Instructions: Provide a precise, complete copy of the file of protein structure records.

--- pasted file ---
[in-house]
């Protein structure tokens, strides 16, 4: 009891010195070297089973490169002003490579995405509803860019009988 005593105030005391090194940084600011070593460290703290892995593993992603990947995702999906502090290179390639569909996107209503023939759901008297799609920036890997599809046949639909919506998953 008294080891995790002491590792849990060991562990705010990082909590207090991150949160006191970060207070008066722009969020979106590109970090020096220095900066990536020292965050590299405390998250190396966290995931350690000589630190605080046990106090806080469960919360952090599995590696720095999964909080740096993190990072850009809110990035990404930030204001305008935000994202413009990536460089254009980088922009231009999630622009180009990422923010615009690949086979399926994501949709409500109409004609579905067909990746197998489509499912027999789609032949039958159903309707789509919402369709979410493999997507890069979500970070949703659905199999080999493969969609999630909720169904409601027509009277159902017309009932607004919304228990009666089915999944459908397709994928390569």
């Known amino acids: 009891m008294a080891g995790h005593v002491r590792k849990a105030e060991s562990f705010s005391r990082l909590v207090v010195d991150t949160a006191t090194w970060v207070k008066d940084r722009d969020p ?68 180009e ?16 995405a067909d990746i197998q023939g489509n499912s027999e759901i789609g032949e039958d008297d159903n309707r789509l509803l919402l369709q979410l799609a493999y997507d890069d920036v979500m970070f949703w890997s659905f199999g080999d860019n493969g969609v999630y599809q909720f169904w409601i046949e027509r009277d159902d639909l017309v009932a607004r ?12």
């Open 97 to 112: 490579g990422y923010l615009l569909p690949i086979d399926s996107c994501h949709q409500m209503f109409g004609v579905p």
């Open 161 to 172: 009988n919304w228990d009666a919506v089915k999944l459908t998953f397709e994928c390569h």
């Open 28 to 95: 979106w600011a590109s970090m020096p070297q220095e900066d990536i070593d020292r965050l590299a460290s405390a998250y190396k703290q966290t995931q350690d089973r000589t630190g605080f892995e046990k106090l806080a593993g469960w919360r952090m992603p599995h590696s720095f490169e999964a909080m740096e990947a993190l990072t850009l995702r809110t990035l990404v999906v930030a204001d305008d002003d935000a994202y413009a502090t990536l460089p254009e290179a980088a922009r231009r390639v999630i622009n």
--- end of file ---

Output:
[in-house]
């Protein structure tokens, strides 16, 4: 009891010195070297089973490169002003490579995405509803860019009988 005593105030005391090194940084600011070593460290703290892995593993992603990947995702999906502090290179390639569909996107209503023939759901008297799609920036890997599809046949639909919506998953 008294080891995790002491590792849990060991562990705010990082909590207090991150949160006191970060207070008066722009969020979106590109970090020096220095900066990536020292965050590299405390998250190396966290995931350690000589630190605080046990106090806080469960919360952090599995590696720095999964909080740096993190990072850009809110990035990404930030204001305008935000994202413009990536460089254009980088922009231009999630622009180009990422923010615009690949086979399926994501949709409500109409004609579905067909990746197998489509499912027999789609032949039958159903309707789509919402369709979410493999997507890069979500970070949703659905199999080999493969969609999630909720169904409601027509009277159902017309009932607004919304228990009666089915999944459908397709994928390569």
């Known amino acids: 009891m008294a080891g995790h005593v002491r590792k849990a105030e060991s562990f705010s005391r990082l909590v207090v010195d991150t949160a006191t090194w970060v207070k008066d940084r722009d969020p ?68 180009e ?16 995405a067909d990746i197998q023939g489509n499912s027999e759901i789609g032949e039958d008297d159903n309707r789509l509803l919402l369709q979410l799609a493999y997507d890069d920036v979500m970070f949703w890997s659905f199999g080999d860019n493969g969609v999630y599809q909720f169904w409601i046949e027509r009277d159902d639909l017309v009932a607004r ?12």
């Open 97 to 112: 490579g990422y923010l615009l569909p690949i086979d399926s996107c994501h949709q409500m209503f109409g004609v579905p």
């Open 161 to 172: 009988n919304w228990d009666a919506v089915k999944l459908t998953f397709e994928c390569h």
């Open 28 to 95: 979106w600011a590109s970090m020096p070297q220095e900066d990536i070593d020292r965050l590299a460290s405390a998250y190396k703290q966290t995931q350690d089973r000589t630190g605080f892995e046990k106090l806080a593993g469960w919360r952090m992603p599995h590696s720095f490169e999964a909080m740096e990947a993190l990072t850009l995702r809110t990035l990404v999906v930030a204001d305008d002003d935000a994202y413009a502090t990536l460089p254009e290179a980088a922009r231009r390639v999630i622009n």